Aristotle (384-322 BCE) was one of the first major thinkers to move away from the idea of being or fixed entities. Aristotle rejected Plato’s dualistic approach to Ideas and particulars. He did not agree that our senses show us a world full of copies or representations of the real universal Ideas. Aristotle claimed that Ideas and particulars, or forms, relied on one another for existence. He held that the form we see is the reality of an object within the matter of that object. The form to Aristotle is the same as the Idea of an object is to Plato. It underlies what the object itself is and not the perception we have of the object. The differ­ence is that Aristotle claimed the forms and matter of an object rely heavily on one another, whereas Plato believed they are separate from one another. For Aristotle, forms are able to change, but we can still acquire a reality from them. Although these changes take place, Aristotle taught that one part of an object’s matter always remains the same. The part that remains the same is the matter of an object, and the part that we perceive as changing is the form of an object. Thus, change can take place, with an object still remaining what it is, as its matter is still unchanged. Aristotle held that when a change takes place, the original form of an object does not change the object; rather, a new form will instigate the change. This “new” form was always present; it just reacted on the matter to create what we perceive to be a change. Forms or matter cannot be destroyed. Matter can be changed only by many different qualities or forms, depend­ing on what is present in its environment.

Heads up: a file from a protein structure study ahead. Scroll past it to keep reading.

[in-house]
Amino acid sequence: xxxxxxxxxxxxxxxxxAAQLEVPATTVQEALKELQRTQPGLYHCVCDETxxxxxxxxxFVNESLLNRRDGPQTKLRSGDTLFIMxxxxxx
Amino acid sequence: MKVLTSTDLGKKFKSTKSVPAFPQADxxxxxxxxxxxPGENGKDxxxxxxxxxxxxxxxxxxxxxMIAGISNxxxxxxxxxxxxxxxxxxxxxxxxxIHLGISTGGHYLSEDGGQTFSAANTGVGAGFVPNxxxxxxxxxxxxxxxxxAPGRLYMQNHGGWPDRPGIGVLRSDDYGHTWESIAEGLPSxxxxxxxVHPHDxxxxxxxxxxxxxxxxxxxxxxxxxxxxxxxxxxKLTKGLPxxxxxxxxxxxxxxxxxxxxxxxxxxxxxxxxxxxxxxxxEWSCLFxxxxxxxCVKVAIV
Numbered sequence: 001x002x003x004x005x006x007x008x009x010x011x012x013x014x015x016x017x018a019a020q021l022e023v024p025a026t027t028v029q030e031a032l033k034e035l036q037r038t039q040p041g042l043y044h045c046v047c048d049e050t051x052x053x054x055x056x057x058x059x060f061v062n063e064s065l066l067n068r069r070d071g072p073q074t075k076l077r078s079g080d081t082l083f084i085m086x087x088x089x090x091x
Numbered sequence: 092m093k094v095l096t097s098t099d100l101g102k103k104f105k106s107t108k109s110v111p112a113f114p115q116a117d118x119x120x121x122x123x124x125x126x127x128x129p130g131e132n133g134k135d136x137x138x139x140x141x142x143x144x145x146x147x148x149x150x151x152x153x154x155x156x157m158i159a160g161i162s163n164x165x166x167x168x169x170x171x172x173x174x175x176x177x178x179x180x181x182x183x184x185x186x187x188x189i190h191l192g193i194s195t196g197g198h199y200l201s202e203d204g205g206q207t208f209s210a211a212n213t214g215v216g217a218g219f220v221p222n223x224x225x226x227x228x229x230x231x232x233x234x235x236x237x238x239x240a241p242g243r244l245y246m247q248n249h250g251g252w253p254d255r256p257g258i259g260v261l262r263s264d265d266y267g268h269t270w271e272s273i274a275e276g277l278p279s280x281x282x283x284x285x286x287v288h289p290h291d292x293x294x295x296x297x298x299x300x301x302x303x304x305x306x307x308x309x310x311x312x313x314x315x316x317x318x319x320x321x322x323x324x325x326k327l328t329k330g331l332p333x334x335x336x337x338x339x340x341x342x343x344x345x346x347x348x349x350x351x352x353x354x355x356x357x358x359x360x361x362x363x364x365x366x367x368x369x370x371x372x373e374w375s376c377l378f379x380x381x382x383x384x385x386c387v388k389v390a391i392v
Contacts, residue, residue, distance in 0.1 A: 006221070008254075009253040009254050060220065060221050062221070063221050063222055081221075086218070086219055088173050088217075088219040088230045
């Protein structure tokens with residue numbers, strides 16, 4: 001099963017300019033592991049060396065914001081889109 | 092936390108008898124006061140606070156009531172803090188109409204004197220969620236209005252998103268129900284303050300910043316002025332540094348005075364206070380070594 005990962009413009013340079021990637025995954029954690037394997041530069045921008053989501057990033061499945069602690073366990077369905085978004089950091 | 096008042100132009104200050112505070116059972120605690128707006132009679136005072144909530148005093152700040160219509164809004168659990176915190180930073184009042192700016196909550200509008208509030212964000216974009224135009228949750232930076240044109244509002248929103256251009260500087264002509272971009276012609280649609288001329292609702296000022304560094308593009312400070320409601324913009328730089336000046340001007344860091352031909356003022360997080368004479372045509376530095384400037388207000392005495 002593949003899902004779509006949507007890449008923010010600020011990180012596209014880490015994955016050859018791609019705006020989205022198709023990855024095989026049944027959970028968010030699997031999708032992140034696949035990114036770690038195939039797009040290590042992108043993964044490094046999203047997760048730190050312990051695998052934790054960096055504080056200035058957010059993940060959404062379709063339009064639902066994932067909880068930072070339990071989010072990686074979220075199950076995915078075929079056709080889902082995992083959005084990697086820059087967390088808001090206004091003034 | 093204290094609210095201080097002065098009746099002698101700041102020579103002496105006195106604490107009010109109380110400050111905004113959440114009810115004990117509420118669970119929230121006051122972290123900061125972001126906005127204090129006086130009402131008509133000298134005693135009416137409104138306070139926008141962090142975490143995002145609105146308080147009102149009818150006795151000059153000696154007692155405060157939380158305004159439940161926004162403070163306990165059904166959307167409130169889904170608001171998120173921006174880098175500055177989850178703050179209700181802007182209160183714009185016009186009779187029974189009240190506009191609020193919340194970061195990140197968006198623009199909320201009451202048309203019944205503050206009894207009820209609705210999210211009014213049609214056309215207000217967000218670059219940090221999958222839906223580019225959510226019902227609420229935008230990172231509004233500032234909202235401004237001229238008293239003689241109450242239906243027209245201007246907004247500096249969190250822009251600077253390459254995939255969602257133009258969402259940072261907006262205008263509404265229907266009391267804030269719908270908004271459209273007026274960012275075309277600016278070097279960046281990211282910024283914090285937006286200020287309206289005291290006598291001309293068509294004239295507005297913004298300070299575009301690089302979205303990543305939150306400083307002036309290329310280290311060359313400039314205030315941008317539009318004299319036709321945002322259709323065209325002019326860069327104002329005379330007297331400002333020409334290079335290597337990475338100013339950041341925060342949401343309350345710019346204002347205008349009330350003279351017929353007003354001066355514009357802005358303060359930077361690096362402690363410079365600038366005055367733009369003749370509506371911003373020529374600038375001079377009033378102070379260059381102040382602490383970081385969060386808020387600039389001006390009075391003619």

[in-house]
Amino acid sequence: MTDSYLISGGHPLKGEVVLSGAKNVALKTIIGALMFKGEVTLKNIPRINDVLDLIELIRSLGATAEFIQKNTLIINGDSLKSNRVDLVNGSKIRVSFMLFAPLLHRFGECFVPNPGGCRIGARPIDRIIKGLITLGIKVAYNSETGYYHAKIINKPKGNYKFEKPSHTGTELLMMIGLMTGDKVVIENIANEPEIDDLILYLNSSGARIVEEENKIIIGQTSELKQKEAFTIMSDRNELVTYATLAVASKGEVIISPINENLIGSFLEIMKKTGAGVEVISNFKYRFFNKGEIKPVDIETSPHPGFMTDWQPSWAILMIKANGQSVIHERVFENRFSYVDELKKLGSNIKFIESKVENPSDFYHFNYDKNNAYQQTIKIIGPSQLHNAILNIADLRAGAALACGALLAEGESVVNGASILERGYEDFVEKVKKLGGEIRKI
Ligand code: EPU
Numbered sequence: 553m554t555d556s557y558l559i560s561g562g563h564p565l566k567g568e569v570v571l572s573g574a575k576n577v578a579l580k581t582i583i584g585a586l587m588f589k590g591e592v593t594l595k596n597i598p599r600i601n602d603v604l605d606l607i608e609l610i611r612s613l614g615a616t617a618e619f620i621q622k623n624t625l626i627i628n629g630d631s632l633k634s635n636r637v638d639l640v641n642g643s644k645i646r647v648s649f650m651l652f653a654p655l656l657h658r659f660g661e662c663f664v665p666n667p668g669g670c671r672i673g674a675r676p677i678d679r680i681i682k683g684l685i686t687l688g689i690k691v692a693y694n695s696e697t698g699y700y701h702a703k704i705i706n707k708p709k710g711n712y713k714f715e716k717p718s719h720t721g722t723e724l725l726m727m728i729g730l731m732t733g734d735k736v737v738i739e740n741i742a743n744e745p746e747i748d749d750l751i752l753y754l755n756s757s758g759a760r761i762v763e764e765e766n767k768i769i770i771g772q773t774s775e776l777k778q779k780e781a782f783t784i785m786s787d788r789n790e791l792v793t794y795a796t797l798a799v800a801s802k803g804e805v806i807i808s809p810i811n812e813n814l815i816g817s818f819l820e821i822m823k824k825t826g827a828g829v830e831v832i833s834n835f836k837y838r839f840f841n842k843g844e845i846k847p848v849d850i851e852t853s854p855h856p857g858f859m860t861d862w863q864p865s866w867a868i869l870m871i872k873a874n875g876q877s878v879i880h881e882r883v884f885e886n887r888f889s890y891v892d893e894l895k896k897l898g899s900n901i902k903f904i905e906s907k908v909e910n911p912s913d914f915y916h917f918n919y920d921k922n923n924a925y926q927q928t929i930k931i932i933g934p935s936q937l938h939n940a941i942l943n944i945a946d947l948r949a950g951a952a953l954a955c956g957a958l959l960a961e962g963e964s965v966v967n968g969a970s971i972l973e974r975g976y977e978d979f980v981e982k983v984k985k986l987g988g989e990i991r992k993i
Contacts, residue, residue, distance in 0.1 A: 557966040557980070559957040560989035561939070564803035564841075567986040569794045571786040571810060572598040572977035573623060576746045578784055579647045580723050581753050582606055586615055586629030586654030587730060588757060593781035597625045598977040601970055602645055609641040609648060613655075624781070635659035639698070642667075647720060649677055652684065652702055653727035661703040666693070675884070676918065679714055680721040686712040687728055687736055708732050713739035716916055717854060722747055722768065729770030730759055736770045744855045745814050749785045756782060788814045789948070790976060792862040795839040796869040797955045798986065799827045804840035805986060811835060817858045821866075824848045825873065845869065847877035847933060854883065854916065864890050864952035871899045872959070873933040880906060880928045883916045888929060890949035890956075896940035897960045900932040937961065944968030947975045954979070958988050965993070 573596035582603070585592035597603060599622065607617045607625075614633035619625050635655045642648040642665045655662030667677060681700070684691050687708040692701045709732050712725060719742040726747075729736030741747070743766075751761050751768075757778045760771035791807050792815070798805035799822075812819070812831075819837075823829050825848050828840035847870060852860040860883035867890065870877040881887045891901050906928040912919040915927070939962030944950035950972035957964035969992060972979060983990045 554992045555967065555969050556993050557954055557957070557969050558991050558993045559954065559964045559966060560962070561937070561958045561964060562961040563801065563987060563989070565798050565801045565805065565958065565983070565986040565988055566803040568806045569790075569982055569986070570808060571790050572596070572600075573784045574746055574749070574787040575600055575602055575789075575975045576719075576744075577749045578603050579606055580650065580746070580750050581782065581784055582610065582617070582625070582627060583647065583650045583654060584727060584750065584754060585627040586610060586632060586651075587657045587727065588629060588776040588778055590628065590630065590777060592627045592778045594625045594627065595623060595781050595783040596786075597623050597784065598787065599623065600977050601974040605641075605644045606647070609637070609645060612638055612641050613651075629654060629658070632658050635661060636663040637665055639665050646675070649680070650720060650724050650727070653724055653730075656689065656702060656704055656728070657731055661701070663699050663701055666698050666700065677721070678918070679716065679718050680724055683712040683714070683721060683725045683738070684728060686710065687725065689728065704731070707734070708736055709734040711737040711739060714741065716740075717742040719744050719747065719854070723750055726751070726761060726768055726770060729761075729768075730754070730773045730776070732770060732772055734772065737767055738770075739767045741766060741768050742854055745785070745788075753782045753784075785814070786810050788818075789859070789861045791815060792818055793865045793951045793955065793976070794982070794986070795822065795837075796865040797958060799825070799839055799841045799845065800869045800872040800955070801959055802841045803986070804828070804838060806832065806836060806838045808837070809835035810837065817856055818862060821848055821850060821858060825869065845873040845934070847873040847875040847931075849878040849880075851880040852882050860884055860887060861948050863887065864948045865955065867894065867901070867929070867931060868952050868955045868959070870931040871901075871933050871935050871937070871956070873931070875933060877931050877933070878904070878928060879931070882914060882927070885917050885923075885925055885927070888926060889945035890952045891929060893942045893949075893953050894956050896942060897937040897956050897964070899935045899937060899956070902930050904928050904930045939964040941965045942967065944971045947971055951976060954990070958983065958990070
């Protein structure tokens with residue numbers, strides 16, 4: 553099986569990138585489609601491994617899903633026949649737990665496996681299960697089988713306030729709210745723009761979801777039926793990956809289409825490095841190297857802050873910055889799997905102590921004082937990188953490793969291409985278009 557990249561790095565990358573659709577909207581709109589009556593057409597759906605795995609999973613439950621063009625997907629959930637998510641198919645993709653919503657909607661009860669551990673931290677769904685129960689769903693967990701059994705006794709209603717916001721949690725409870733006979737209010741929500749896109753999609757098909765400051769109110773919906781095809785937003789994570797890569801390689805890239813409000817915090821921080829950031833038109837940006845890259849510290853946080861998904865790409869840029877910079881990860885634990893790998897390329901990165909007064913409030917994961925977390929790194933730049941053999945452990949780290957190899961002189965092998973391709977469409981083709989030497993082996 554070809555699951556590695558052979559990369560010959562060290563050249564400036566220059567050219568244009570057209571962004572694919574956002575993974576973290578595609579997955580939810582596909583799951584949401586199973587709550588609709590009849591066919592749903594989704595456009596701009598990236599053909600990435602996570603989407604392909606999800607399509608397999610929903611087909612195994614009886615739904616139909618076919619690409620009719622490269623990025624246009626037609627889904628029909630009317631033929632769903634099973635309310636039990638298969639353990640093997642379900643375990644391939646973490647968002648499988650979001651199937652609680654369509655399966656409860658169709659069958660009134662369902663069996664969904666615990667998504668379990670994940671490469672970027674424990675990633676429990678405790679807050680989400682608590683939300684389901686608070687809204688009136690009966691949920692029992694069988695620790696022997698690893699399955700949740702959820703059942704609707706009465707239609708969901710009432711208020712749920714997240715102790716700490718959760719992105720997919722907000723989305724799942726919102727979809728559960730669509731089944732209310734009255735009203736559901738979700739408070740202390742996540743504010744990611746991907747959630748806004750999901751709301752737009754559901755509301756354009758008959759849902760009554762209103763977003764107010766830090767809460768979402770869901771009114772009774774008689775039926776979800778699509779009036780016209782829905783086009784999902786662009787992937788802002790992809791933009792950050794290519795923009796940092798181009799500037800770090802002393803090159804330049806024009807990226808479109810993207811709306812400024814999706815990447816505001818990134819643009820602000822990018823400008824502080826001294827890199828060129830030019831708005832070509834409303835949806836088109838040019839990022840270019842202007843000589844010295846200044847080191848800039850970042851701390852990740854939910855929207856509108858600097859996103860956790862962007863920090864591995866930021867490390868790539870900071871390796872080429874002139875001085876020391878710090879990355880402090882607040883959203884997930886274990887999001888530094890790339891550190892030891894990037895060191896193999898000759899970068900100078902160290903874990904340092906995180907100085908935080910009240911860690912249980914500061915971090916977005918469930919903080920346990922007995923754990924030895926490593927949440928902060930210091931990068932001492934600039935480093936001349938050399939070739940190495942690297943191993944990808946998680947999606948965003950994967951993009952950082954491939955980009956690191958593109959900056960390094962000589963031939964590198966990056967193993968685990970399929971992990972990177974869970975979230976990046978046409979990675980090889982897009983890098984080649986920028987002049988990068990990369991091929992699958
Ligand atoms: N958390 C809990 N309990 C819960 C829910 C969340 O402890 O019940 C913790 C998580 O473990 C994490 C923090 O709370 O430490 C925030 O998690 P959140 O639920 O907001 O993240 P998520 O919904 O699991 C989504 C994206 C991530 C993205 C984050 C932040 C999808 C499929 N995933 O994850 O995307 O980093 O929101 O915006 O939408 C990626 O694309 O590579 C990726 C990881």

For Aristotle, these forms that we perceive are becoming or changing. Aristotle held that this change and time are linked, and time does not exist without change or motion. Aristotle related time to motion, or that which can be referred to as change, as in every instance of motion there is a change occurring. Time and change are perceived together, even if our physical senses do not per­ceive a change; a thought that enters the mind makes us think that a period of time has elapsed no matter how brief. Although time may measure changes, it is not change. It cannot be a change because it is everywhere and with everything. Time is a constant, and change can be faster or slower; thus they are not one and the same. Aristotle claimed that time is perceived in the present but, for the present to be there, there must have been a before and an after (even if we do not perceive these points in time). He claimed that some things that are not affected by time are not in time. These are the things that are eternal, such as heavenly bodies, which exist with time but are not a part of it. These eternal things are not affected by the before and after as the finite things are. The things that are in time are those that are changing or have motion and are finite.